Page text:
Not only has LFA's photographer and videographer (his butt buddy Maynard used to be the LFA's president, which is how he got the gig) been given multiple UFC spots to showcase his (lack of) talent, but the outspoken liberal goofball has repeatedly hurled racist comments at others (including actual, accomplished fighters like Jake Shields) that would have gotten virtually anyone else cut immediately.


This is a man who claims that white people are the bane of existence (which is ironic given he's half white), vehemently supports BLM even after they razed businesses and had dozens of people killed for their backward rhetoric, and funnily enough, hates the police and says they must be defunded, yet when another fighter called him out in person and slapped him, he immediately called the cops crying "assault".


It's no surprise that Mike Jackson would once again be demolished when he faced any half-decent opposition (his last opponent Dean Barry sucked and he was lighting Mike Jackson up until he was disqualified for a nasty eye gouge), but 4-1 Pete Rodriguez really showed the difference between an entry-level UFC fighter and a club fighter that wouldn't even make it far on the regional circuit.


Jackson immediately had trouble with Rodriguez's power and pressure, and around 90 seconds in Jackson found himself trying to awkwardly dodge punches with his back against the cage. His poor defensive movement soon proved fatal as a nasty knee melted Jackson and left him out cold, slumped in the corner in rather brutal fashion.


It was definitely a great thing to see Jackson get his ass whooped again and hopefully marks the last time this particular "woke" racist sees any time inside the Octagon.


Honourable Mentions:


Worst Fight of the Year

Awarded to the worst fight of 2022. More weight is applied to bouts that were highly anticipated or had a lot on the line, such as title fights and grudge matches.

Winner: Rose Namajunas vs. Carla Esparza II

for the UFC women's strawweight title at UFC 274


This one was certainly an easy category to crown a "winner", and as anyone that has followed the UFC this year could easily tell you, this fight was a steaming pile of dog shit.


Though it was often in rather dull fashion (not to mention her run included three split or majority decisions), the first UFC strawweight champion Carla Esparza had finally worked her way back into title contention this past year courtesy of five straight victories; she also held a dominant win over reigning champion Rose Namajunas from way back in 2014 when she had claimed the inaugural UFC strawweight title.


Their prior history served as a great lead-in to their rematch at UFC 274, which was expected to be a one-sided beatdown given Namajunas' evolution as a fighter since their first meeting, her rather significant size advantage over the small wrestler, and her overall skill - she was after all coming off of back-to-back victories over Weili Zhang and also held two wins over Joanna Jędrzejczyk, the woman who had absolutely obliterated Esparza in Esparza's very first title defense.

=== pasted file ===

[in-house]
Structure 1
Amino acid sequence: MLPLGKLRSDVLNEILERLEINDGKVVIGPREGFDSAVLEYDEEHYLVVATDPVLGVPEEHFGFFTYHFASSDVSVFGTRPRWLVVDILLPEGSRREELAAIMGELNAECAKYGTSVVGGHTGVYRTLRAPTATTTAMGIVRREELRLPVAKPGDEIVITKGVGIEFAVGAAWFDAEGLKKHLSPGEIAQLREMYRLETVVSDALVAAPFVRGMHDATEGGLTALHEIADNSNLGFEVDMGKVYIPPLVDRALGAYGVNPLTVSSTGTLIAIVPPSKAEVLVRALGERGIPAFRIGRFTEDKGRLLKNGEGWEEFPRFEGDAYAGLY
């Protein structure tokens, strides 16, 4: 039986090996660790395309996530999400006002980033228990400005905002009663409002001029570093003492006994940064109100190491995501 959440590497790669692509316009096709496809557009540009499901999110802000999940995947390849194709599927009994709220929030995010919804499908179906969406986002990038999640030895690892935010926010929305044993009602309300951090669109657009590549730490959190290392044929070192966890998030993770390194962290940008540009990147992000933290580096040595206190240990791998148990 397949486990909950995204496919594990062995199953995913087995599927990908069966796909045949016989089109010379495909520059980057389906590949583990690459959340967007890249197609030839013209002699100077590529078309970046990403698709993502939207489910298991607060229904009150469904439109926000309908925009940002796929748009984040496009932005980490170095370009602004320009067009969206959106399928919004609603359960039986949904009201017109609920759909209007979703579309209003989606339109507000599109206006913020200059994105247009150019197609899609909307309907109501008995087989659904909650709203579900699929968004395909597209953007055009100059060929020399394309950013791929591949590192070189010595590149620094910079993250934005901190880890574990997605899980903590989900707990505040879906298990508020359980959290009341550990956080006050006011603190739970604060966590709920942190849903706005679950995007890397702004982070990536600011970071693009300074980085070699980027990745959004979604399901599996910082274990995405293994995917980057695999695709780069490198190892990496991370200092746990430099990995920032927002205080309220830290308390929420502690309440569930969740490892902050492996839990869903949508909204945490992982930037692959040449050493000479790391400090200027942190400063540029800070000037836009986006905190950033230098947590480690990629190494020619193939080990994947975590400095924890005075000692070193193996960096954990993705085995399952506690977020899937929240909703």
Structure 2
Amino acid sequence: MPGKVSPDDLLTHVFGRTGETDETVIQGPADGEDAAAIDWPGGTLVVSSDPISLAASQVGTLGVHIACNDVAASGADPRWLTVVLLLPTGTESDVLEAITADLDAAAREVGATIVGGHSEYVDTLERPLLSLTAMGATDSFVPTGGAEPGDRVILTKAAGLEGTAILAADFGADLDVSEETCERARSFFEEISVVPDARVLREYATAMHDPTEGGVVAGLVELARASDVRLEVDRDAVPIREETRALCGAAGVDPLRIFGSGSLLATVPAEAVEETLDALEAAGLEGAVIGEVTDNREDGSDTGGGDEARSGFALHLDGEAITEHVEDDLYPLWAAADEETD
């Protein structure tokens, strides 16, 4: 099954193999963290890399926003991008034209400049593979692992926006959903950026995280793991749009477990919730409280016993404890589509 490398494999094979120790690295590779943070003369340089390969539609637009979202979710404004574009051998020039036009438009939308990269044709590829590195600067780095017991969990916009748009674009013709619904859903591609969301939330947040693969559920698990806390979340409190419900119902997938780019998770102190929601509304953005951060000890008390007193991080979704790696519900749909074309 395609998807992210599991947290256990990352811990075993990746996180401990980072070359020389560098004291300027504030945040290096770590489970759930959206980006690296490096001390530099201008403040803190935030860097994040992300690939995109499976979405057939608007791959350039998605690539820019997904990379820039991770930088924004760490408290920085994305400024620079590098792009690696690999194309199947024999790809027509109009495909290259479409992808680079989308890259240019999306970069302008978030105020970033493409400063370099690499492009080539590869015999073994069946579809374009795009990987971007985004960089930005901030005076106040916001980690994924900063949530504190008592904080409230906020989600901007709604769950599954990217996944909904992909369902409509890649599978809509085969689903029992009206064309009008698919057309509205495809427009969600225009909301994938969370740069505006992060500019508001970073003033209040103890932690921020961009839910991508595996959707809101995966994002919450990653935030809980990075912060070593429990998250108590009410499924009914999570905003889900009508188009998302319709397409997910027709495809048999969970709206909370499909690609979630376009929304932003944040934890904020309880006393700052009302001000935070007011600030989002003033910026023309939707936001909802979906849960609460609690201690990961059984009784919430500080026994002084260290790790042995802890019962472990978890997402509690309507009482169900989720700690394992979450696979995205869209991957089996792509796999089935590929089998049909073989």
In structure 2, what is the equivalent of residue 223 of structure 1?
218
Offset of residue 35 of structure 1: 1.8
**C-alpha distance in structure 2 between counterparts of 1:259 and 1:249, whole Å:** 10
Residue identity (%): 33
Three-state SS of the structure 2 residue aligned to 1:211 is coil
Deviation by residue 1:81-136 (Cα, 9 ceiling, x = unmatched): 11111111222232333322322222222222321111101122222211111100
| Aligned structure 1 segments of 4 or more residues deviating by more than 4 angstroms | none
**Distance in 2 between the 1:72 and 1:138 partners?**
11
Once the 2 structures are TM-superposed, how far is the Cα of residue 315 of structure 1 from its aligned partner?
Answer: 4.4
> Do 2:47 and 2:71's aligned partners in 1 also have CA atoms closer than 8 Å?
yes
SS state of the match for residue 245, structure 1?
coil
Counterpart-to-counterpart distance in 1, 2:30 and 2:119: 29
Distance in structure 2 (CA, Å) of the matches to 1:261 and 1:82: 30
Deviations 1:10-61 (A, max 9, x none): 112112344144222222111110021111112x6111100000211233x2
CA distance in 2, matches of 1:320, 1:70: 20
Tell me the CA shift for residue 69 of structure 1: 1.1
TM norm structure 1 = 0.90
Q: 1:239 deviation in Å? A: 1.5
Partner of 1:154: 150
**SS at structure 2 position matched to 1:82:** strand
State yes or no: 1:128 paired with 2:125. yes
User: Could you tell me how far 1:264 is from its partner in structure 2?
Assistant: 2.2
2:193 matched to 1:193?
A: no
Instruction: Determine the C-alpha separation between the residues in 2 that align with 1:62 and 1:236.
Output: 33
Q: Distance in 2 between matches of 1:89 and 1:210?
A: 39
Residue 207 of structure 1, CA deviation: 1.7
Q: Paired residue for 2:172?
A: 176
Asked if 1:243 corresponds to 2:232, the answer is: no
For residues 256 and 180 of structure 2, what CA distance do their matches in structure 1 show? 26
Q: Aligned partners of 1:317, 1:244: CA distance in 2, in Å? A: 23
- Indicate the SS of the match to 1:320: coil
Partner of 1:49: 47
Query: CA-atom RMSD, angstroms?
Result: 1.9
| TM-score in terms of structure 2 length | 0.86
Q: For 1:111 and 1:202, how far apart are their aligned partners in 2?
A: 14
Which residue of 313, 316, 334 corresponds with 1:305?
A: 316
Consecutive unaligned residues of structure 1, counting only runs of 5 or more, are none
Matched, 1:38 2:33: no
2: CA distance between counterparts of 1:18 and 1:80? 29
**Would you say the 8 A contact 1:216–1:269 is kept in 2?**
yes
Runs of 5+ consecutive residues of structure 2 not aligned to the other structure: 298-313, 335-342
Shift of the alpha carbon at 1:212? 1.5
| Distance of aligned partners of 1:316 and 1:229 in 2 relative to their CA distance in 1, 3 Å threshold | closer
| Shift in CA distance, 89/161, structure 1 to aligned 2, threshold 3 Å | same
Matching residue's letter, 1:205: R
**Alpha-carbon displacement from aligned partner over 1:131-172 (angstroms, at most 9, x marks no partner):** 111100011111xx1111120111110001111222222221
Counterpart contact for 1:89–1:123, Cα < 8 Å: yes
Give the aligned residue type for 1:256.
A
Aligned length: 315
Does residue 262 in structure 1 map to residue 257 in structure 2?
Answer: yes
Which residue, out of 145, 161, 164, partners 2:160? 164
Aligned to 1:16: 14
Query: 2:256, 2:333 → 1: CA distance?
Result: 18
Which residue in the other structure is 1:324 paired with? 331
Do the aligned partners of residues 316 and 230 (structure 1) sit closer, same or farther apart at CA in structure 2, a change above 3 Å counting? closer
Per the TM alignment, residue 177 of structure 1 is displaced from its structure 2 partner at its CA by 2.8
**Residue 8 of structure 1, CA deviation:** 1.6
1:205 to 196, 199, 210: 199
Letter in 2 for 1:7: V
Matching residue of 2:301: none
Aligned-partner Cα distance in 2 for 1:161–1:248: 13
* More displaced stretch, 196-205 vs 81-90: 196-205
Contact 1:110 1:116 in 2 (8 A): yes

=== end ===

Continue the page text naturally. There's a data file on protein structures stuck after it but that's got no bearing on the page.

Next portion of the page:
Unfortunately for the fans who tuned into the women's strawweight title fight in Phoenix, the rematch was about as exciting as watching paint dry for a good half hour.


Both women seemed deathly afraid of opening up or doing, well, pretty much anything for the entire five round affair, with Carla doing slightly more as the two took part in one of the most tepid sparring matches in human history.


Despite the horrendous performance from both women, Rose's cornerman Pat Barry (who doubles as her groomer-oops, I mean husband) heaped praise upon her after each round, telling her how well she was doing and confirming that she was following the gameplan to a tee.


If the gameplan was to do nothing for twenty five minutes and lose your title via decision in one of the most boring fights of all time, then bravo Rose, you pulled it off perfectly.


At least fans in attendance and those who tuned into the UFC 274 pay-per-view could use the atrocious bout as a breather in between two fights that more than delivered, as this snoozefest was preceeded by Michael Chandler's horrific knockout of Tony Ferguson and was then followed by Charles Oliveira's one round war with Justin Gaethje.


Runner Up: Raufeon Stots vs Danny Sabotello

for the Bellator Bantamweight World Grand Prix Semi-Final and Interim Bantamweight Championship at Bellator 289


It's rare for Bellator to book a fight that actually gets some hype amongst fight fans these days, but thanks to a light scuffle and near-fight between the two outspoken bantamweight prospects during an interview on Ariel Helwani's podcast, the fight between Danny Sabotello and Raufeon Stots at Bellator 289 was getting quite a bit of traction.


The fact that there was a lot on the line as it was for Bellator's bantamweight interim title as well as it being the semi-final for Bellator's Bantamweight Grand Prix just raised the stakes, and combined with Stots' impressive last outing and Sabotello's easy-to-hate personality, Bellator had a decent amount of fans excited about the grudge match.